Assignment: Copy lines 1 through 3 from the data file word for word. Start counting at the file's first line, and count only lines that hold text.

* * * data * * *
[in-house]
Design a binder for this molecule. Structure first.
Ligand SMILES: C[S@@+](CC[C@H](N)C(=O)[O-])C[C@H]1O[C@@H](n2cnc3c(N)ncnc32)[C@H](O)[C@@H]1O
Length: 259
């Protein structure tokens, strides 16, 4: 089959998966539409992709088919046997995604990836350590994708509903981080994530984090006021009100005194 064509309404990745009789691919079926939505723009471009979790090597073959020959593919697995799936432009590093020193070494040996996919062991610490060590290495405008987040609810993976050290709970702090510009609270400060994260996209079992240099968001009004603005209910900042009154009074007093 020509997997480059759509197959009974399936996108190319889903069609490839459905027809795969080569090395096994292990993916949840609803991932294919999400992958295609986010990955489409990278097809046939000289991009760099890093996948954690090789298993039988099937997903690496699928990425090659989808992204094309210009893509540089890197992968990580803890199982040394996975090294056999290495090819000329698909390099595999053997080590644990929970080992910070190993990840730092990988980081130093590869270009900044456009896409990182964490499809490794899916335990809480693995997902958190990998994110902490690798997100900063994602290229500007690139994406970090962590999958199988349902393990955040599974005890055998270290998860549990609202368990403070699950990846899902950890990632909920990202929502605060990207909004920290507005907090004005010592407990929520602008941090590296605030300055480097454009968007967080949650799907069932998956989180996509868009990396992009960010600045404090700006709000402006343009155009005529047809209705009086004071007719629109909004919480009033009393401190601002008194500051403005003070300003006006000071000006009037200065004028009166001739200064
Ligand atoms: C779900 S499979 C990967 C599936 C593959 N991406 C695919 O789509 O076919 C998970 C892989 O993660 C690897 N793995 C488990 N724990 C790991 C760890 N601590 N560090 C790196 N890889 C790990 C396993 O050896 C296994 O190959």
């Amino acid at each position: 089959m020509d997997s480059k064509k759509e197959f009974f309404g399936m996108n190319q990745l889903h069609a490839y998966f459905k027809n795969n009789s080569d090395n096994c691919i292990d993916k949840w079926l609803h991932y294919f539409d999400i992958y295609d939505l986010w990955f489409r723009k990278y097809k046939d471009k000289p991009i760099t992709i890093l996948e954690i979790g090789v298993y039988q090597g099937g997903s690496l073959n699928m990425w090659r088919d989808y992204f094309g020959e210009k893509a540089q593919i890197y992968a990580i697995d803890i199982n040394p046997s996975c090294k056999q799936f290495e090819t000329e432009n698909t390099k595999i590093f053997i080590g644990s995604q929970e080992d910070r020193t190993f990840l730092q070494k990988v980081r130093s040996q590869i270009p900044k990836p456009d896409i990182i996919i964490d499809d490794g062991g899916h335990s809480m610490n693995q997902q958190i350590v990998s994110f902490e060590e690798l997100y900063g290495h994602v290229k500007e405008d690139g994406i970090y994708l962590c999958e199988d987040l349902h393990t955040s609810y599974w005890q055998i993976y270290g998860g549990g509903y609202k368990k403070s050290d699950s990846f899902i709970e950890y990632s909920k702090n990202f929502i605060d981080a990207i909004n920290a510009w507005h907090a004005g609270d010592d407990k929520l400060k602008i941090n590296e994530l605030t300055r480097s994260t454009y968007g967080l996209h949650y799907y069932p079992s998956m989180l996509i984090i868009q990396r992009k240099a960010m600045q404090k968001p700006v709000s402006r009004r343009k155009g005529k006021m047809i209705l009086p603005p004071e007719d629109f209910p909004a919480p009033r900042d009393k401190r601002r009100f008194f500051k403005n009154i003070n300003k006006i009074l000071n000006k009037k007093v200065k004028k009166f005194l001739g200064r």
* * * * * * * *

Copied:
[in-house]
Design a binder for this molecule. Structure first.
Ligand SMILES: C[S@@+](CC[C@H](N)C(=O)[O-])C[C@H]1O[C@@H](n2cnc3c(N)ncnc32)[C@H](O)[C@@H]1O